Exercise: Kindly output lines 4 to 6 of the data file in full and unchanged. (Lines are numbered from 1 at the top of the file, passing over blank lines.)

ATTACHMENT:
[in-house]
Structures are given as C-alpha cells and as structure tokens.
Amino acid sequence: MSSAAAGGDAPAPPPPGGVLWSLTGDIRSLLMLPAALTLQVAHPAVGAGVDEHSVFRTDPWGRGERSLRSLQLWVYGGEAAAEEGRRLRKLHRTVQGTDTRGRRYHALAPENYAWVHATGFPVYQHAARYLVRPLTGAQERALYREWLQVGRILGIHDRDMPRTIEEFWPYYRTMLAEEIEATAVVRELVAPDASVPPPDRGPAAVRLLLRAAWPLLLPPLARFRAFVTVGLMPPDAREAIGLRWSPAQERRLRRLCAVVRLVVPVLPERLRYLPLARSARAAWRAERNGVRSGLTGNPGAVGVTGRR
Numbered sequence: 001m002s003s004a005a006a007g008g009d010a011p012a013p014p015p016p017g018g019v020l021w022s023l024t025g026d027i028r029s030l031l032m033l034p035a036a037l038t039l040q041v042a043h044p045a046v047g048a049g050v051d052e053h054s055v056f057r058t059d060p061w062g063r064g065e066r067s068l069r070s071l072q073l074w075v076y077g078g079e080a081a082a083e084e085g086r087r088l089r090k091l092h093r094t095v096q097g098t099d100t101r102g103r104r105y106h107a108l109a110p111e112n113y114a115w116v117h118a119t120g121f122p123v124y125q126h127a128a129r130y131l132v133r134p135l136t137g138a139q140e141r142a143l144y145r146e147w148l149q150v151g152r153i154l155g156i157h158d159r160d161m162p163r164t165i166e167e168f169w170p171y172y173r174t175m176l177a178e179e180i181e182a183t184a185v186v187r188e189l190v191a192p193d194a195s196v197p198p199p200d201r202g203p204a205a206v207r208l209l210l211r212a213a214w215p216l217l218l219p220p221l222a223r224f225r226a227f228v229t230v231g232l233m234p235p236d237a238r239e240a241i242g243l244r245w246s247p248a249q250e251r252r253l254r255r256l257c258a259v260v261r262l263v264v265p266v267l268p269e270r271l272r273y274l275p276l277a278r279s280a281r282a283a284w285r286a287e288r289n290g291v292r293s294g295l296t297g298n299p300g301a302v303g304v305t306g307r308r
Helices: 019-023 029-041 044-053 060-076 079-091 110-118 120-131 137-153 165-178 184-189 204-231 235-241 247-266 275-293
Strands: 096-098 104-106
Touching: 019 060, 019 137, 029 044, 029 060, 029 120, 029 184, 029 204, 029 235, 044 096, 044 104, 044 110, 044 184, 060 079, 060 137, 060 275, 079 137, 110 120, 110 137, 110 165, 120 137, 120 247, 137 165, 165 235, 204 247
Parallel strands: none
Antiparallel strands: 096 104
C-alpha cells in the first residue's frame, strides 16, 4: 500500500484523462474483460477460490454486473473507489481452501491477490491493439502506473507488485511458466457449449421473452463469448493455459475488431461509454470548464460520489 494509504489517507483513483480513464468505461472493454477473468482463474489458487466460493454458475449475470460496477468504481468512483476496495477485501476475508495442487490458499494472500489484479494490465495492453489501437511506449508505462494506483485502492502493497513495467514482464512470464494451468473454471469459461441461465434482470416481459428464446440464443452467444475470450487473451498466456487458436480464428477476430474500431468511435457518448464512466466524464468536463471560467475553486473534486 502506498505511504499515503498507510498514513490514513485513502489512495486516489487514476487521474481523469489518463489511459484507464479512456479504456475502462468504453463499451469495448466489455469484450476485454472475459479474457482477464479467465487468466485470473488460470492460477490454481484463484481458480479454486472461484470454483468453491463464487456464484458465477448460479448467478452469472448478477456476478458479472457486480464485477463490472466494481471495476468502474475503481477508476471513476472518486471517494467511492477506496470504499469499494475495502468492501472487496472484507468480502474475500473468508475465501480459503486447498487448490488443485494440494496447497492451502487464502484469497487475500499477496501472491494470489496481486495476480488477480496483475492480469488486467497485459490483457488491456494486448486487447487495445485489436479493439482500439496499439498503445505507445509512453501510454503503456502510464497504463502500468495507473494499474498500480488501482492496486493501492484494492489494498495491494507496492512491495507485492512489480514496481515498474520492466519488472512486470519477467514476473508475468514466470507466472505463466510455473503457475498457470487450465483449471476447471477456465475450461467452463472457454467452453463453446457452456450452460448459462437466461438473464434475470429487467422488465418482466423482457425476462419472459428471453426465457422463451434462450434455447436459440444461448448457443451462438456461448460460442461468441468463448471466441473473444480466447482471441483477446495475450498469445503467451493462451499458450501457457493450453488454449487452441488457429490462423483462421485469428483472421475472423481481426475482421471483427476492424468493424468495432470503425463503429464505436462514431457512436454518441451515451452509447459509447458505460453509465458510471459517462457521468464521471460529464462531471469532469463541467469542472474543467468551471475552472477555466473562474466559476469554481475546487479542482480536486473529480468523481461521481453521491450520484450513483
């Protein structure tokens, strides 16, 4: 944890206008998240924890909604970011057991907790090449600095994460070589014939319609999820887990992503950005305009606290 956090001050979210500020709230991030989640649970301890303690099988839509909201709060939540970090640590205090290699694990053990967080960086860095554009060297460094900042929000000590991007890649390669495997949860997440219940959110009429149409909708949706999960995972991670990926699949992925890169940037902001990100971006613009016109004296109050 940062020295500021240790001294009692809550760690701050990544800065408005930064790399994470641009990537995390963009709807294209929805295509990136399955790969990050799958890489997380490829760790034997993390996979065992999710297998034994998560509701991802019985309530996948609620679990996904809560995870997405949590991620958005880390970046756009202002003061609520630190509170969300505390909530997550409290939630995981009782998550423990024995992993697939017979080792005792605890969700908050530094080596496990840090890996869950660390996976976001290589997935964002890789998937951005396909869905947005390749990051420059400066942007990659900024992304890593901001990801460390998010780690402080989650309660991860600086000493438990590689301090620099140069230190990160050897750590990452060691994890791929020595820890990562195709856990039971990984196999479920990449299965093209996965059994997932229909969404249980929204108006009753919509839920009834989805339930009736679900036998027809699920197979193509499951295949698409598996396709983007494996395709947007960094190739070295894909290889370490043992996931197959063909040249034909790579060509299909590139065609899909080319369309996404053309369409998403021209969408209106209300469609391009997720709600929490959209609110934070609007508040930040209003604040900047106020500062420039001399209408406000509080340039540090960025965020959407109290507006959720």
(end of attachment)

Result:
Numbered sequence: 001m002s003s004a005a006a007g008g009d010a011p012a013p014p015p016p017g018g019v020l021w022s023l024t025g026d027i028r029s030l031l032m033l034p035a036a037l038t039l040q041v042a043h044p045a046v047g048a049g050v051d052e053h054s055v056f057r058t059d060p061w062g063r064g065e066r067s068l069r070s071l072q073l074w075v076y077g078g079e080a081a082a083e084e085g086r087r088l089r090k091l092h093r094t095v096q097g098t099d100t101r102g103r104r105y106h107a108l109a110p111e112n113y114a115w116v117h118a119t120g121f122p123v124y125q126h127a128a129r130y131l132v133r134p135l136t137g138a139q140e141r142a143l144y145r146e147w148l149q150v151g152r153i154l155g156i157h158d159r160d161m162p163r164t165i166e167e168f169w170p171y172y173r174t175m176l177a178e179e180i181e182a183t184a185v186v187r188e189l190v191a192p193d194a195s196v197p198p199p200d201r202g203p204a205a206v207r208l209l210l211r212a213a214w215p216l217l218l219p220p221l222a223r224f225r226a227f228v229t230v231g232l233m234p235p236d237a238r239e240a241i242g243l244r245w246s247p248a249q250e251r252r253l254r255r256l257c258a259v260v261r262l263v264v265p266v267l268p269e270r271l272r273y274l275p276l277a278r279s280a281r282a283a284w285r286a287e288r289n290g291v292r293s294g295l296t297g298n299p300g301a302v303g304v305t306g307r308r
Helices: 019-023 029-041 044-053 060-076 079-091 110-118 120-131 137-153 165-178 184-189 204-231 235-241 247-266 275-293
Strands: 096-098 104-106